Many thanks silvanus for sharing a most enjoyable puzzle. My favourites are pretty accurately expressed by the previous comments

    I did think there were some stretchy definitions (author, struck, cream, plan) – for me that detracts from enjoyment (we’re all different).

    It is a sad thing that a lovely puzzle can be marred by a single clue. As always i might be missing something, but in 10a I think the cryptic grammar requires reveals (others may argue). I think that characteristic, although it can be an adjective itself, turns the def into a noun. ‘of people’ would have worked as a def for me. The surface hardly grabbed me, so i think that had you been critical, you might have replaced this clue to the benefit of the puzzle.

    I was absolutely delighted with 20d – a lovely clue. I also especially liked 29a – very very nice.

    Like others, I thought 24d offered a brilliant penny drop moment.

    is 21a the wrong way round? It seems to me that as is, it clues the 5-letter word.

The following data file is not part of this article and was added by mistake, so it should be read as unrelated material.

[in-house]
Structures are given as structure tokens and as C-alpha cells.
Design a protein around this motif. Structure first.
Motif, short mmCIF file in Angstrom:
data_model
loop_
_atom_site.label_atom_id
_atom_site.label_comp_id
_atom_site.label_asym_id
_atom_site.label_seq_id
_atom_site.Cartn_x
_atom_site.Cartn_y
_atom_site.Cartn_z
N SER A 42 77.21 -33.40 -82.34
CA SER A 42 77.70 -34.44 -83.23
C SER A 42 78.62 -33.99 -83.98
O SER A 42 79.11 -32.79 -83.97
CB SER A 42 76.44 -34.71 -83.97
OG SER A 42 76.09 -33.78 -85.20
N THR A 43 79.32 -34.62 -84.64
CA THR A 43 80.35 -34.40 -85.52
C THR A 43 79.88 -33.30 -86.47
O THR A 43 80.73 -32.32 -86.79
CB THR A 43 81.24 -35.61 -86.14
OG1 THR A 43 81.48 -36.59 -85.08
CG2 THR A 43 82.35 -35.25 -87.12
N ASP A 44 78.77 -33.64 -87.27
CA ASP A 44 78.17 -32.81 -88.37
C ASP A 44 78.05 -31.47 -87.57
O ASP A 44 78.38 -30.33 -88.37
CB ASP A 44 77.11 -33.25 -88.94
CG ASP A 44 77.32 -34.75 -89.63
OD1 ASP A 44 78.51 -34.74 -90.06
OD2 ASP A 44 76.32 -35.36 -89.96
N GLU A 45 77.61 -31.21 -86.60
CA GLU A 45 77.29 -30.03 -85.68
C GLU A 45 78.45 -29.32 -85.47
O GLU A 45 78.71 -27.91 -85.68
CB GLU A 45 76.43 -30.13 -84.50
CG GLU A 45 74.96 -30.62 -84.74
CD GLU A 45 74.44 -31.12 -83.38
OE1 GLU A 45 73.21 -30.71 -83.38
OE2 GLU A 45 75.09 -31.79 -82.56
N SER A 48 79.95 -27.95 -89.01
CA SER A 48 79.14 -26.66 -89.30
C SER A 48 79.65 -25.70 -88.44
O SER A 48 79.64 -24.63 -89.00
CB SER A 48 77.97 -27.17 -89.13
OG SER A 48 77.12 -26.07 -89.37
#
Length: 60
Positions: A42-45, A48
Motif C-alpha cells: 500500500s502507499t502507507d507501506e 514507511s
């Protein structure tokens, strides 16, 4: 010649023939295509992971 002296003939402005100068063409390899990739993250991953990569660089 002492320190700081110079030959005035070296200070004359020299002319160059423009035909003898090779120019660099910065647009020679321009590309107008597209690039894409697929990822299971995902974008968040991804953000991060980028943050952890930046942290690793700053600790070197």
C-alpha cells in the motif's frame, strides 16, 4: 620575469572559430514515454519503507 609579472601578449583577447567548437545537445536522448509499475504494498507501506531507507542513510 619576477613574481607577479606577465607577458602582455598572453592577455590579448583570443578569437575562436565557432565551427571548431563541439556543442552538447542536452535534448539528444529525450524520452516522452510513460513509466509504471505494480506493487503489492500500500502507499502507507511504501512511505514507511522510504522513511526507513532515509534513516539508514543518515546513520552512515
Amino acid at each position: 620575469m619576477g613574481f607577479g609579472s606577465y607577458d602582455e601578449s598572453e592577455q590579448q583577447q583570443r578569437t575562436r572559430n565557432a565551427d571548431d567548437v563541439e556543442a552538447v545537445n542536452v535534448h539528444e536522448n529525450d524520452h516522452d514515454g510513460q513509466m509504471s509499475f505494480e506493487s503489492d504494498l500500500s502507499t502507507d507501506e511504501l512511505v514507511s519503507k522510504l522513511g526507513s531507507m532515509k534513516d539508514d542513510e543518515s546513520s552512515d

I don’t see where the last two letters in 12a come from. I almost thought the same of the last 5 letters in 13a, until i thought perhaps i shouldn’t see ‘subdue by force’ as the def.

    Many thanks silvanus – I enjoyed this very much (though i got distracted by the football)

    every puzzle is a major achievement – congratulations

    • Gazza
      Posted December 3, 2016 at 3:48 pm | Permalink

      12a is a man (4) containing the first letter of proudly. I can see why you were misled.

      • dutch
        Posted December 3, 2016 at 4:17 pm | Permalink

        ah, thanks!

    • Rabbit Dave
      Posted December 3, 2016 at 4:14 pm | Permalink

      Dutch, in terms of definitions, I think author, struck and cream are all fine, but not plan. The BRB gives, inter alia:

      – Author : a person who brings anything into being
      – C**** (present tense) : to strike, hit
      – 14a : the best of anything